Mom had three other passions: music, travel, and food. It was pretty much de rigueur for everyone in the family to play an instrument. Between the five of us, we played 11. Having summers off, she pursued her interests with vigor. I had a hard time keeping up with where she was from month to month as she pursued the roads less traveled; hiking mountains in Czechoslovakia, visiting galleries in Cuba, hiking around Alice Springs in Australia, or exploring ruins in the Yucatan. She was also an excellent cook, never afraid to push the boundaries or to try a new recipe. Every time I make a souffle, I remember her whispering to me, “Don’t slam the door… my souffle will fall!” Dad and I would go diving and bring back lobster, abalone, and a variety of other sea life, and between them, my parents would put together an amazing meal. They were my instructors and influencers, teaching me as I developed a love of food and wine.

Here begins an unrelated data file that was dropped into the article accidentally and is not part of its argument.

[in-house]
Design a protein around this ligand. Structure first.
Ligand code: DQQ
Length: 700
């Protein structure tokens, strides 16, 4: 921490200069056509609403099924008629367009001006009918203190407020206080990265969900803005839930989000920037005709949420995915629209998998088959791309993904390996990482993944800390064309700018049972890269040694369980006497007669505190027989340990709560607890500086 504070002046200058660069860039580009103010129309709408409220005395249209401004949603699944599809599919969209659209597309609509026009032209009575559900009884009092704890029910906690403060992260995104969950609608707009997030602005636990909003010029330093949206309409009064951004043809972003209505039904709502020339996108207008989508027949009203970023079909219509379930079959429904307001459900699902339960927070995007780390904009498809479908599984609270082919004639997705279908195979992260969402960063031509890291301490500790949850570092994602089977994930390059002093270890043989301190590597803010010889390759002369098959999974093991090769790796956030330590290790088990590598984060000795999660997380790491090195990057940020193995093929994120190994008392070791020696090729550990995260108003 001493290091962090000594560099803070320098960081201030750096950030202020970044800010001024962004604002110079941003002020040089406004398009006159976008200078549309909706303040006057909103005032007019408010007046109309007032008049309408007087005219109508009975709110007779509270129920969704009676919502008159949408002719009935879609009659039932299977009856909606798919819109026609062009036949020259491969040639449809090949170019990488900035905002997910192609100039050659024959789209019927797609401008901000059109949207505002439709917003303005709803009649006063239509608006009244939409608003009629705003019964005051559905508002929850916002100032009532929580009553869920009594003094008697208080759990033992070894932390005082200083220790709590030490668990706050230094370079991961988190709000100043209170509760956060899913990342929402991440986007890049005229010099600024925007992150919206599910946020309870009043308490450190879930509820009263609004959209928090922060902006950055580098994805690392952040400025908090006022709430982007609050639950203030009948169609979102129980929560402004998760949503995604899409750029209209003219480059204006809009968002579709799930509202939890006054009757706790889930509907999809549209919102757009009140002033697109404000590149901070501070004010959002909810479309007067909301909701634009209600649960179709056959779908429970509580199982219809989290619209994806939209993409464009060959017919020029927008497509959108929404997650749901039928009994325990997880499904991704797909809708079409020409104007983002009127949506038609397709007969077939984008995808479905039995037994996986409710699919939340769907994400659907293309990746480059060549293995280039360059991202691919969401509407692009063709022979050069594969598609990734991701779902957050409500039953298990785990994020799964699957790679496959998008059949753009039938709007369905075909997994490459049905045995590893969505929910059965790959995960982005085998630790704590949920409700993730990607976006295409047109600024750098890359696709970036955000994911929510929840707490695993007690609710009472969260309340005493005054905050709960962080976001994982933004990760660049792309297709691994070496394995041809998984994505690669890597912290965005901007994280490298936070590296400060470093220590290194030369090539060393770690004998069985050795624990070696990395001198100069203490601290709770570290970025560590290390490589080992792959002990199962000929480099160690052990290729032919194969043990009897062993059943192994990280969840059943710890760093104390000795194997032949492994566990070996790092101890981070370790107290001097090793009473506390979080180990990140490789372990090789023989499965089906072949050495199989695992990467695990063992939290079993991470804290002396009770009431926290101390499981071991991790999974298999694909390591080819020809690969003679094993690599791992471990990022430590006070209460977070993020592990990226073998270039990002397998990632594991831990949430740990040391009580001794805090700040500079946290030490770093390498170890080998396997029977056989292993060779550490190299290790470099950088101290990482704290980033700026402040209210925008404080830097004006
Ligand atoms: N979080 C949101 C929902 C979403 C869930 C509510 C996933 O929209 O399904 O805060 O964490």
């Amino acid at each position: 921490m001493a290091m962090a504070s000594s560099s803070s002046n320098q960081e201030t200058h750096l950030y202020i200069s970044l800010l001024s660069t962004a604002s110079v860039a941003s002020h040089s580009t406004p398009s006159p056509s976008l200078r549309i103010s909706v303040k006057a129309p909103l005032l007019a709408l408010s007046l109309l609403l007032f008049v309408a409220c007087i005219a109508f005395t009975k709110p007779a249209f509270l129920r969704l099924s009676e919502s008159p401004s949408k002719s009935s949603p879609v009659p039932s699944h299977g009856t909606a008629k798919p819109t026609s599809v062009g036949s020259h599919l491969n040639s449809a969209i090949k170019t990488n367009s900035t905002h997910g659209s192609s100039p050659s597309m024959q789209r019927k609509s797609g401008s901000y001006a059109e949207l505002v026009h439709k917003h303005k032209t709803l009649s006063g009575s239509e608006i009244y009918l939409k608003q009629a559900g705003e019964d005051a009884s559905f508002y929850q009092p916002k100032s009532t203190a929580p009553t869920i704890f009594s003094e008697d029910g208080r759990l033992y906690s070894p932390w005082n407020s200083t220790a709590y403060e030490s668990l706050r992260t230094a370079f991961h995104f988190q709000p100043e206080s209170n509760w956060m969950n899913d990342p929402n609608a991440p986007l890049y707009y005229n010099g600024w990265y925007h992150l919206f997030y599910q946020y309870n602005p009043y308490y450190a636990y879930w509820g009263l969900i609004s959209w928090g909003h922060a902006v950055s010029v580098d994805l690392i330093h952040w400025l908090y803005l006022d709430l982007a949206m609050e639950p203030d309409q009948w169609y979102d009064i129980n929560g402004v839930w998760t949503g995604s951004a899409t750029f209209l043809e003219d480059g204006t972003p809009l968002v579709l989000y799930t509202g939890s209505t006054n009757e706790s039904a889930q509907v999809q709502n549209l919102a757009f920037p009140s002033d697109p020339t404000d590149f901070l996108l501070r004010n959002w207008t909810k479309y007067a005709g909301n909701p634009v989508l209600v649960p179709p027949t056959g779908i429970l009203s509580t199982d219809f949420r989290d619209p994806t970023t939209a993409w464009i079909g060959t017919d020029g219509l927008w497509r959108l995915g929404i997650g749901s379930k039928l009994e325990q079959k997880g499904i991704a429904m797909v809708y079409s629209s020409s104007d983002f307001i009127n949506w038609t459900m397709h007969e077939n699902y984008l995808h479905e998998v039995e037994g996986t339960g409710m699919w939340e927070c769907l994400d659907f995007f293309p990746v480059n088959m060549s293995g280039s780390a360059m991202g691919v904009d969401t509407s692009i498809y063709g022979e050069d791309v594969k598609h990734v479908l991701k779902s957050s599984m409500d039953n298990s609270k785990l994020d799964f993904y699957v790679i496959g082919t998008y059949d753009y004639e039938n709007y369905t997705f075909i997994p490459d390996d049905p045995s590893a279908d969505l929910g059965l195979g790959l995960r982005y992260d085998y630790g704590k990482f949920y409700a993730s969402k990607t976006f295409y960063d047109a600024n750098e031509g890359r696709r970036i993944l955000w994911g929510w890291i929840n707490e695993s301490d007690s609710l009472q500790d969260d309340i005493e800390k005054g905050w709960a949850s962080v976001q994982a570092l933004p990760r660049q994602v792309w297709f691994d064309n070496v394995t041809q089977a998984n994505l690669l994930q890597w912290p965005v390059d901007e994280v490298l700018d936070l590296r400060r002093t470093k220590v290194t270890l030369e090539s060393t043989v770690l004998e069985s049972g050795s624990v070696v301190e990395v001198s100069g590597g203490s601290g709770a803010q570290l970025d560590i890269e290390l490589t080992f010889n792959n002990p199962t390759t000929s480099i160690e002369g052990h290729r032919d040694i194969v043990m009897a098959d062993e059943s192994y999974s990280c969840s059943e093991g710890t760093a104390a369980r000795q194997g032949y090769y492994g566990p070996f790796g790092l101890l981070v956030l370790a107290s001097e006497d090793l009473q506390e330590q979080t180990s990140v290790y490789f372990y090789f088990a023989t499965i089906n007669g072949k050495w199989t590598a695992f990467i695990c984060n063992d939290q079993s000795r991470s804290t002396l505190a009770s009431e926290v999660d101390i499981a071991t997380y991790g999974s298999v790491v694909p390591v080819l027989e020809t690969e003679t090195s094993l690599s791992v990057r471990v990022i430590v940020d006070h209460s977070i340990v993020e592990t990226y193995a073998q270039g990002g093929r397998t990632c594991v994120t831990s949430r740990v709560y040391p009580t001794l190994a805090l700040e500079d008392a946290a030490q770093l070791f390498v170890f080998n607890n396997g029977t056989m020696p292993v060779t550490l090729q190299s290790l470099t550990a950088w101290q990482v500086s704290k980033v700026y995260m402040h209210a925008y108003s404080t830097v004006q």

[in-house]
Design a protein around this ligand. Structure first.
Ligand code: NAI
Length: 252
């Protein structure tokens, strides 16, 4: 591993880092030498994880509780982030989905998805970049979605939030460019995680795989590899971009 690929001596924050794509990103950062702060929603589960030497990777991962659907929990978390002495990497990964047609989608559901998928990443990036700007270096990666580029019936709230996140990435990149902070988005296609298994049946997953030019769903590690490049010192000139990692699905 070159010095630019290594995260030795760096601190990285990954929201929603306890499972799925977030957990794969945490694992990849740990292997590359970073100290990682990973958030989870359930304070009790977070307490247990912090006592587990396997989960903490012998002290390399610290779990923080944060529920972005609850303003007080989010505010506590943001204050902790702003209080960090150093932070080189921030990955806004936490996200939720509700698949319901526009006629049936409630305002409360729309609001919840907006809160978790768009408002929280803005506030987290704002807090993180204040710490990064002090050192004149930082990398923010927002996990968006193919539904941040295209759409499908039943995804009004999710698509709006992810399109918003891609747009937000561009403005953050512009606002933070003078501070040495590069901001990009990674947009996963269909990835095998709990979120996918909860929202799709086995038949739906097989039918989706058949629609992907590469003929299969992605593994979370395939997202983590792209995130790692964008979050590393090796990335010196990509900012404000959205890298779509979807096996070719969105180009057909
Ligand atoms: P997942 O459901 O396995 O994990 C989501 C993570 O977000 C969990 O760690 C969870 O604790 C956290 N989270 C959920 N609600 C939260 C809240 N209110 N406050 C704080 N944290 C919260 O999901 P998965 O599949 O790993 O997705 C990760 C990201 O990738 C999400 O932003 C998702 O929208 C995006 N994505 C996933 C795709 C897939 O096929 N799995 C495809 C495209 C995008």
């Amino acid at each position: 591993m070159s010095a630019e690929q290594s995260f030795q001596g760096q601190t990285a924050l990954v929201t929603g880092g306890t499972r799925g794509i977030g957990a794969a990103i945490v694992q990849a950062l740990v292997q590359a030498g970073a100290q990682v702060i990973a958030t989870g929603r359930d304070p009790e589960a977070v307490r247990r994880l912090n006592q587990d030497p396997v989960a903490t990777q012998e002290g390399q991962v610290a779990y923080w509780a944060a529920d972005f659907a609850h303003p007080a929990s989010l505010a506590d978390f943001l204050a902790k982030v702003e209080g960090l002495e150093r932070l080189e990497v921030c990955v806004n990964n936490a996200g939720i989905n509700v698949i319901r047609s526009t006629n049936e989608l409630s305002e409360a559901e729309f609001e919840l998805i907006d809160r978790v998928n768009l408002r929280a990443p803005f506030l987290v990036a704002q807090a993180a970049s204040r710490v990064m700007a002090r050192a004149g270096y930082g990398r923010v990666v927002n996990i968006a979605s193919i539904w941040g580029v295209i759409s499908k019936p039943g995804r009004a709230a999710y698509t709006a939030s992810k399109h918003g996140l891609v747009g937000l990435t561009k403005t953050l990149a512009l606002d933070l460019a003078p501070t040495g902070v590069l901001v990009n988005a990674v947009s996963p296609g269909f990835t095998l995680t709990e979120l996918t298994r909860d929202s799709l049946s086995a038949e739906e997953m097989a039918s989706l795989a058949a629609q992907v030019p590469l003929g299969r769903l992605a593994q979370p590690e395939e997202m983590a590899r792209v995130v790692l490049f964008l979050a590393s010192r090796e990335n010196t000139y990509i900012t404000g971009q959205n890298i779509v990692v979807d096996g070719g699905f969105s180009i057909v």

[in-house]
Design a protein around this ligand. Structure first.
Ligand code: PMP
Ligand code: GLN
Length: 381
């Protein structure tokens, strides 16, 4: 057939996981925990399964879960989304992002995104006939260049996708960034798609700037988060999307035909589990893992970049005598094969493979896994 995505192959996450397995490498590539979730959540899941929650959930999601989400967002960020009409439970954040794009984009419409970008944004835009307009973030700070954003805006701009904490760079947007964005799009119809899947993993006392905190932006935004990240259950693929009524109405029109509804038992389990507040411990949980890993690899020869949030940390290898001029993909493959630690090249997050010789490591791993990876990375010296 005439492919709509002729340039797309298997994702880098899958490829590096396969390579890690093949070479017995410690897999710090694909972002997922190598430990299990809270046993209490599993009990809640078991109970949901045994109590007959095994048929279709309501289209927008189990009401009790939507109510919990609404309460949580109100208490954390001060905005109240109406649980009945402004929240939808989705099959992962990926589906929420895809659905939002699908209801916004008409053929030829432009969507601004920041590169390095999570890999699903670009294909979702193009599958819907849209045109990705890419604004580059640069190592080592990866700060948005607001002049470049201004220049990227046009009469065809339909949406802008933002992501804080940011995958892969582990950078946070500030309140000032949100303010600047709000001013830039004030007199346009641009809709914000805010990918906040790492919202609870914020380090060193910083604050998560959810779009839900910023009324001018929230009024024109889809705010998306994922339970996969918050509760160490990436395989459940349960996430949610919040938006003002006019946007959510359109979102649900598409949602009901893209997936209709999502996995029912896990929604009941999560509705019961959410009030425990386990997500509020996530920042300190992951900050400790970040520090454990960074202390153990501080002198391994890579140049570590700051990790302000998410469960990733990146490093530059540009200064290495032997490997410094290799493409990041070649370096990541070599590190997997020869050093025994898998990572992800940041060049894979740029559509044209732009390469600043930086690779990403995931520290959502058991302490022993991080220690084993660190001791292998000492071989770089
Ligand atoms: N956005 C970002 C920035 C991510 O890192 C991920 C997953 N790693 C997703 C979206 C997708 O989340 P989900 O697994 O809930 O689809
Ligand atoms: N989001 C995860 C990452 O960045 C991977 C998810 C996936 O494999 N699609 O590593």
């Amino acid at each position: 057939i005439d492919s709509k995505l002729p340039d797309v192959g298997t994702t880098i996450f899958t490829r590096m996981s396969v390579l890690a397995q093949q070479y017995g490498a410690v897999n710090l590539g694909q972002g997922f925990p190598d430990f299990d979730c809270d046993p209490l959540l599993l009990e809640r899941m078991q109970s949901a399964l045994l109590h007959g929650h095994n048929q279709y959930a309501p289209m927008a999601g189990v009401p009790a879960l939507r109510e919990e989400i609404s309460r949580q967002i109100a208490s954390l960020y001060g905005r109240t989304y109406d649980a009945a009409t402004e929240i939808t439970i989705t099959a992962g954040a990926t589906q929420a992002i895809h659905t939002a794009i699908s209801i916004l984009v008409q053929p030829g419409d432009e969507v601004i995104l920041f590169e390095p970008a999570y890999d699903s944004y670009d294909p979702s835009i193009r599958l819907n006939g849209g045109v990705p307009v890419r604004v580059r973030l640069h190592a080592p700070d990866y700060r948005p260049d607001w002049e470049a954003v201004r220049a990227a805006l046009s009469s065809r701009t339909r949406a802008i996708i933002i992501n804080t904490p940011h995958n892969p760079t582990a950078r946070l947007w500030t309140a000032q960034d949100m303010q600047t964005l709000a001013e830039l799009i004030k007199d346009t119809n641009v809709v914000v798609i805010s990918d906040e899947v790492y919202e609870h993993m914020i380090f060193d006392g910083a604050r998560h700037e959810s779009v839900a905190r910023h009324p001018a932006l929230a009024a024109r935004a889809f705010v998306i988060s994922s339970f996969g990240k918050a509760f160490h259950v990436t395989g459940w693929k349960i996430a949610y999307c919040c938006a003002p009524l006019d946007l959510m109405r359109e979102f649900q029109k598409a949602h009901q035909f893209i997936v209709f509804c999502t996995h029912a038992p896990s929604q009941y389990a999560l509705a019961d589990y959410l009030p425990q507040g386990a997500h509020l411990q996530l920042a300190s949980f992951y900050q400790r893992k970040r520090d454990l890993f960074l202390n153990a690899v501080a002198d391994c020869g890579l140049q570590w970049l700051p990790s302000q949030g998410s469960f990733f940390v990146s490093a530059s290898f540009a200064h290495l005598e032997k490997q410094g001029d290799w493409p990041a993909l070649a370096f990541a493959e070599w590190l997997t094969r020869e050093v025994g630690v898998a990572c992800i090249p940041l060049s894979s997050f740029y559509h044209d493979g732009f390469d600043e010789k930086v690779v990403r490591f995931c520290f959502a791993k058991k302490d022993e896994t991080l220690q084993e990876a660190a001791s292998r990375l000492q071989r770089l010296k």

In 2010, mom came to Portland and I took her to Paley’s Place for dinner. Kimberly Paley came by at one point, heard my mom was from out-of-town, and had Chef Vitaly Paley drop by the table to chat. The food was excellent, and Mom never forgot that night; she talked about it frequently.
In 2018 she developed dementia. Though for half of my life we didn’t have much of a relationship, watching her fall away from her living self, I realized that I had the choice of excising all the hurt and anger of childhood. If I set down my heavy baggage and started my memories from those later years, I could be fully there for her.
As she faded, I found there were only a few ways I could get her to respond to me. One of them was through food. I’d bring her a good burger and fries, and as she took a bite, for a few moments light would come back into her eyes. But towards the end, she couldn’t eat, and I couldn’t get her to respond, no matter what I tried. On my final visit, floundering for something to say, I mentioned our dinner at Paley’s Place. She suddenly sat straight up in bed and in a clear strong voice said, “One of the best meals of my life! I love you!” It scared the crap out of me. She fell back, the light in her eyes faded once again and it was the last thing I’d ever hear her say. She died a few weeks later.